Unfortunately I have not hand a chance to take my TinyCircuits GPS Data Logger outside and gather data yet as we have had some fairly bad weather over the last few weeks. Every chance I get to venture outside on a sunny and nice day, I get caught up with another article, breaking news, or some other task that eats up my free time.  But for you, this tutorial will continue on and I will explain how to take the data that has been written to the SD card and show you how to import it into Google Earth for viewing.

 

When you are finished recording data, head to your nearest PC and open the SD card to view the filed stored inside. If you correctly formatted the SD card then you should only see one file that is titled gps.txt. Make sure you have extensions visible if using Windows, and then rename the file to gps.nmea. The current SD library can only write extensions up to three characters in length and is why the file is saved as a .txt instead of nmea.


Once you have the file renamed, open Google Earth and navigate to Tools>GPS and click GPS. There will be an option to upload a gps file. You can simply browse to the gps.nmea file you renamed, upload that file and Google Earth will plot the exact path that your GPS Logger took when it was gathering data. There are several other programs that can be used to visualize this data, but I will not list them here as a simple Google Search will give you pages of information on them.

 

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Now that we have the GPS Data Logger working, we need to secure the stack together using the TinyDuino Mounting Kit. This will ensure that the stack stays securely connected during any impacts that might occur during flight.


IMG_3291.jpg

 

With everything secure, we also need to enclose the stack inside the case so that it is safe from static discharges, moisture, and debris. You can head over to Thingiverse , or Github to download the custom enclosure I designed to house this project. It is designed to be affixed to a quad copter or any other ½” surface using nothing but Velcro straps that are commonly used to bind computer cables together. It could also be secured using zipties as well.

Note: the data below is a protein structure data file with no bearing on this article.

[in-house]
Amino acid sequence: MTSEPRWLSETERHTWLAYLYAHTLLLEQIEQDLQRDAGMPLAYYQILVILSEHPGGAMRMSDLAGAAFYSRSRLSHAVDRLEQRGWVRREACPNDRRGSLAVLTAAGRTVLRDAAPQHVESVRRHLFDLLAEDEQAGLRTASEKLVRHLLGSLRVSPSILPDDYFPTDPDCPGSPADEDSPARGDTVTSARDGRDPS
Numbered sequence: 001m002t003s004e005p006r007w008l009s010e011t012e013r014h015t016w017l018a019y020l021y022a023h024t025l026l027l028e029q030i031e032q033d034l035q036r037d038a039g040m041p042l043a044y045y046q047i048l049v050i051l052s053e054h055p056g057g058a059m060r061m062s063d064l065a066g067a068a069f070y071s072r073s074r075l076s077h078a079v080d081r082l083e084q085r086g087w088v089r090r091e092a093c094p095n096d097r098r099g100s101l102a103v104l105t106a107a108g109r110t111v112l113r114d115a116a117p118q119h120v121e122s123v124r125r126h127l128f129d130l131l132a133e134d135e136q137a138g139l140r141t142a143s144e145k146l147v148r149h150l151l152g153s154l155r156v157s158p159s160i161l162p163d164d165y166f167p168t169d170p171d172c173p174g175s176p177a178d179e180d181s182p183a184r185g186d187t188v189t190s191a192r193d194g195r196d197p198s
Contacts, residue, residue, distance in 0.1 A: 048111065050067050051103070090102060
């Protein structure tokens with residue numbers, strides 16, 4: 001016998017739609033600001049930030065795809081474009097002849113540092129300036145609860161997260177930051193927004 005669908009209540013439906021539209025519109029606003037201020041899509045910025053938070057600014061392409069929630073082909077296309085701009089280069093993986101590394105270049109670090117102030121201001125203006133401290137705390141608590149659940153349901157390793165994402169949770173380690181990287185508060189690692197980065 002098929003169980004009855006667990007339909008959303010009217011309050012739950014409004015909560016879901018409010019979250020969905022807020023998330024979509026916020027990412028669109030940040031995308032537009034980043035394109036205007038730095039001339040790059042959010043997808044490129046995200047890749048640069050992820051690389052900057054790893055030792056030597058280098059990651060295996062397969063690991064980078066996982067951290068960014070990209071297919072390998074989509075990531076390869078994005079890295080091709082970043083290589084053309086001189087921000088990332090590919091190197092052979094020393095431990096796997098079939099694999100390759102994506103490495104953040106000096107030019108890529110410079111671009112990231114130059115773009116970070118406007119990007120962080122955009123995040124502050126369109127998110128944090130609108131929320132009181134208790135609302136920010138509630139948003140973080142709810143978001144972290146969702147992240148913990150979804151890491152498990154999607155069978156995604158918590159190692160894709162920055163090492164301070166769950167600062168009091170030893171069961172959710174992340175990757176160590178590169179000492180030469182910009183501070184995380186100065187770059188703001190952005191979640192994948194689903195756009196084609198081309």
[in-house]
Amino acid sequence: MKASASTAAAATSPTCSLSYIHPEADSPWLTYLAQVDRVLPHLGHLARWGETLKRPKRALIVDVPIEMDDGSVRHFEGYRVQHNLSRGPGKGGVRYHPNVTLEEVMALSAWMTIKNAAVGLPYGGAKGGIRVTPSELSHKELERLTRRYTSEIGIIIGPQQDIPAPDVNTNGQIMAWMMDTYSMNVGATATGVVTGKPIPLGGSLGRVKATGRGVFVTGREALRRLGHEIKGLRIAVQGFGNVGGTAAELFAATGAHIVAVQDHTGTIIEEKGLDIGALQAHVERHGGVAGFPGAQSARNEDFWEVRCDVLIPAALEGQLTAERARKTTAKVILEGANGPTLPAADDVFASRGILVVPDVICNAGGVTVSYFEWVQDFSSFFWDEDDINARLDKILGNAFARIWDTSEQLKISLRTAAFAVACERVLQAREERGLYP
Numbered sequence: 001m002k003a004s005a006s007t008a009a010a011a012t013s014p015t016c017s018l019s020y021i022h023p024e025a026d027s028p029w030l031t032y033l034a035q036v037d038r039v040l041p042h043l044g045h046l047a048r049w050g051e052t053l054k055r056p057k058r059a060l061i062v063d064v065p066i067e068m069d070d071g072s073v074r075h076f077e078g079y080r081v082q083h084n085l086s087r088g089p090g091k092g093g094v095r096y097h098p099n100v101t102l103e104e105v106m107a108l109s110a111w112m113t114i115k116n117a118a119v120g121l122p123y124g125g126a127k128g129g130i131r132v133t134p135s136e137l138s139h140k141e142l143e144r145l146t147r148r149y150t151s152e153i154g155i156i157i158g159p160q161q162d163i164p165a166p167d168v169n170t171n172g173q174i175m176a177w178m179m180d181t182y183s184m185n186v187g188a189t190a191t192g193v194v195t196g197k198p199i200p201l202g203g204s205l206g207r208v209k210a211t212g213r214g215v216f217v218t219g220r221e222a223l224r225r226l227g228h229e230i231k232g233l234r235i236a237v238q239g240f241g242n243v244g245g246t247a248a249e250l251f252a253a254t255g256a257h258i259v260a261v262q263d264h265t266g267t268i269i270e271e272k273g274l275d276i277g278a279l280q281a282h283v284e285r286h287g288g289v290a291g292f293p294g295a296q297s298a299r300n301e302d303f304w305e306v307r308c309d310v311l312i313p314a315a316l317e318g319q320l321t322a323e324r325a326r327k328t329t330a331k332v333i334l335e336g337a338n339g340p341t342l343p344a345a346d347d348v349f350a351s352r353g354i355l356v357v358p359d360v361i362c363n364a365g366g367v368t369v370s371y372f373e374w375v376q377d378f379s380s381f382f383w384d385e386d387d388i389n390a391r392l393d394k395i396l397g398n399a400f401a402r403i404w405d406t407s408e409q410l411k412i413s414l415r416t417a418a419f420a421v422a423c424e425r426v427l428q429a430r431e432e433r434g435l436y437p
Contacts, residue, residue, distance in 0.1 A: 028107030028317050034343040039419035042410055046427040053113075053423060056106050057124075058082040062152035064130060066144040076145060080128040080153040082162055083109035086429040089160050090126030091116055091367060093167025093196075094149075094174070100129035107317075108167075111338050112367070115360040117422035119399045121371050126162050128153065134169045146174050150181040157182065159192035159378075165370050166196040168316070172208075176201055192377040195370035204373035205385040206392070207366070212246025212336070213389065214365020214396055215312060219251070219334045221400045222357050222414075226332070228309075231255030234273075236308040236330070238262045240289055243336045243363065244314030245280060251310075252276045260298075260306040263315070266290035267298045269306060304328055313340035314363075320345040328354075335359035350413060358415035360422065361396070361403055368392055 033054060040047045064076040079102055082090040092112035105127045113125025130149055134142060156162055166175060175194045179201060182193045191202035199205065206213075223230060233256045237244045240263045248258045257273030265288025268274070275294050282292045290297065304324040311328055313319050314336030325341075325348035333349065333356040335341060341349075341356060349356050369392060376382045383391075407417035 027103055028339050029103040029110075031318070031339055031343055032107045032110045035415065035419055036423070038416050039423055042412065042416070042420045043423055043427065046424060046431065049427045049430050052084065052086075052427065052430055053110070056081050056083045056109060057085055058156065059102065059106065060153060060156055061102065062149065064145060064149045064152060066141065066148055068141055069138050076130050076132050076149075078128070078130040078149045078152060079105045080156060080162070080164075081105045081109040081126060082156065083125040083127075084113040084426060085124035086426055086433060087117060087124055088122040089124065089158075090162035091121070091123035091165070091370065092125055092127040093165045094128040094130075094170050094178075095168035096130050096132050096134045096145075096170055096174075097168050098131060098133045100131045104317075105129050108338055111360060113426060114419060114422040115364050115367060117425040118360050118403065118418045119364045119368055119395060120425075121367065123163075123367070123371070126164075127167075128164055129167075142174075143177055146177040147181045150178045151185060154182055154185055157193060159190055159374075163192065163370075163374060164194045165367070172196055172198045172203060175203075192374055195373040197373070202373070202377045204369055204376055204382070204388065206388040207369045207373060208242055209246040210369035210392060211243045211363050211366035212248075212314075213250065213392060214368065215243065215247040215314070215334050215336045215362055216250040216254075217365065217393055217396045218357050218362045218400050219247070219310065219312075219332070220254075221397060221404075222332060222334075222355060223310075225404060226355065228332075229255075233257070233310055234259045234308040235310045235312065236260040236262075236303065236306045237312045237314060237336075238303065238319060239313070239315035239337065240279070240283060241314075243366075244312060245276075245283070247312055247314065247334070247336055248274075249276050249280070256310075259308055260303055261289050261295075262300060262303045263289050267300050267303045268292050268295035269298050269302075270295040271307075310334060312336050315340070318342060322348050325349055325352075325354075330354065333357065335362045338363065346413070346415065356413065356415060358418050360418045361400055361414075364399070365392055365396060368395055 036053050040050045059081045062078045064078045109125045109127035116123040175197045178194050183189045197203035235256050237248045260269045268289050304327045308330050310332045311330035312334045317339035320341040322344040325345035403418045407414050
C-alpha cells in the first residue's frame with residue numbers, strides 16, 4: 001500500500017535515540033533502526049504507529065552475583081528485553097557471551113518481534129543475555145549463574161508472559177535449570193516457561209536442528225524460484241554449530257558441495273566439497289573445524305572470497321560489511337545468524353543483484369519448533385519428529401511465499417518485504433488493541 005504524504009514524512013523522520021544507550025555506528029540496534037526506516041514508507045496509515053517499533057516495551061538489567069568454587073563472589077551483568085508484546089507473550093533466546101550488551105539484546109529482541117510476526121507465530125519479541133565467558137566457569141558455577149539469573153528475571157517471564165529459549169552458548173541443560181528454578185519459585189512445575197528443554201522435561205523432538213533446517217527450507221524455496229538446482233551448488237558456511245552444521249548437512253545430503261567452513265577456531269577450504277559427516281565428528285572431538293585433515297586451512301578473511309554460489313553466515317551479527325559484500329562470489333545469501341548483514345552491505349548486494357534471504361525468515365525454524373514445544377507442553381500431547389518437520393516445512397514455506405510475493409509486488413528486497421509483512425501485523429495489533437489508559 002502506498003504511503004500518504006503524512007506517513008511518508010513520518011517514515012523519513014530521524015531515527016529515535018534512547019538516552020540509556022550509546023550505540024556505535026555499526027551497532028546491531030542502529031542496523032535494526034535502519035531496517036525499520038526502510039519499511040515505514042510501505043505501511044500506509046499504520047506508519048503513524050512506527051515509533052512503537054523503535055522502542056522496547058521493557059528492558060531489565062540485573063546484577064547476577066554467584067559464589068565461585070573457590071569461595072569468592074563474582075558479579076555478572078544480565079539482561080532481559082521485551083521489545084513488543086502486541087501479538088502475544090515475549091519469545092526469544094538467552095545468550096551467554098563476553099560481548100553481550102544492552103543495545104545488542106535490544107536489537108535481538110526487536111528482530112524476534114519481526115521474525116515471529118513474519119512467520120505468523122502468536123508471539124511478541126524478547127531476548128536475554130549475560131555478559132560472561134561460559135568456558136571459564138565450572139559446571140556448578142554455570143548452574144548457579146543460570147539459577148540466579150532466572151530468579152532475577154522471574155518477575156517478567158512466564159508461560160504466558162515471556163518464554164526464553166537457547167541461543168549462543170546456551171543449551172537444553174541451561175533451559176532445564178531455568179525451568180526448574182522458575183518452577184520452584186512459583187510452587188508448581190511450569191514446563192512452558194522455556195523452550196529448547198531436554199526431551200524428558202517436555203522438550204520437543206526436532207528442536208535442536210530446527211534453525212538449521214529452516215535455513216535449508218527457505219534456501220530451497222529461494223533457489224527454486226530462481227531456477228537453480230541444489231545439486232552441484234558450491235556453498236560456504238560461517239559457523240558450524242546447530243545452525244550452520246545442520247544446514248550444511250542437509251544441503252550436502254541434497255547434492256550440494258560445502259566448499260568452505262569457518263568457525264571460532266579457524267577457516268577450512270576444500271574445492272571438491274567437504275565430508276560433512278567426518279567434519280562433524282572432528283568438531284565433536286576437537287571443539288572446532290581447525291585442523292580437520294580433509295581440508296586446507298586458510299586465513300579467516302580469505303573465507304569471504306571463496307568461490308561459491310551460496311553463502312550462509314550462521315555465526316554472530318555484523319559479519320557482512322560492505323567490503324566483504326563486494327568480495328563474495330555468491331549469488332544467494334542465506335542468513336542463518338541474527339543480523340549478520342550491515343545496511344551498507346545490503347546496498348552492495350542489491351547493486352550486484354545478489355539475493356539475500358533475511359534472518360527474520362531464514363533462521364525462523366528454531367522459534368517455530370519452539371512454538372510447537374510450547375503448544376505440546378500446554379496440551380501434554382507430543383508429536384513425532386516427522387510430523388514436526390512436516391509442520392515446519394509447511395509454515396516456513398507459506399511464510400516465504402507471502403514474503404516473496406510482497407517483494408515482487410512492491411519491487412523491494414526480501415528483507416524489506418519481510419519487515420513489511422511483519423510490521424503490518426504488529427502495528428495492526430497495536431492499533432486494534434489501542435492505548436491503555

Video Here


GPS-Logger-Image.jpg

 

I will update this post with video and tracking data from the first flight as soon as I get the final few parts in for the quad-copter I am currently building. They should be here within a week, so please check back for updates! Not much of any part of this project is of my own design except for the 3D printed case, and that is completely OK. I wrote this tutorial to demonstrate how easy it is to build almost any project with just a little knowledge, some pre-existing code, and a little creative design skills. I hope you enjoyed this project as much as I did, and I can not wait to update it with video and GPS data from some of my first flights with my new scratch-built quad-copter.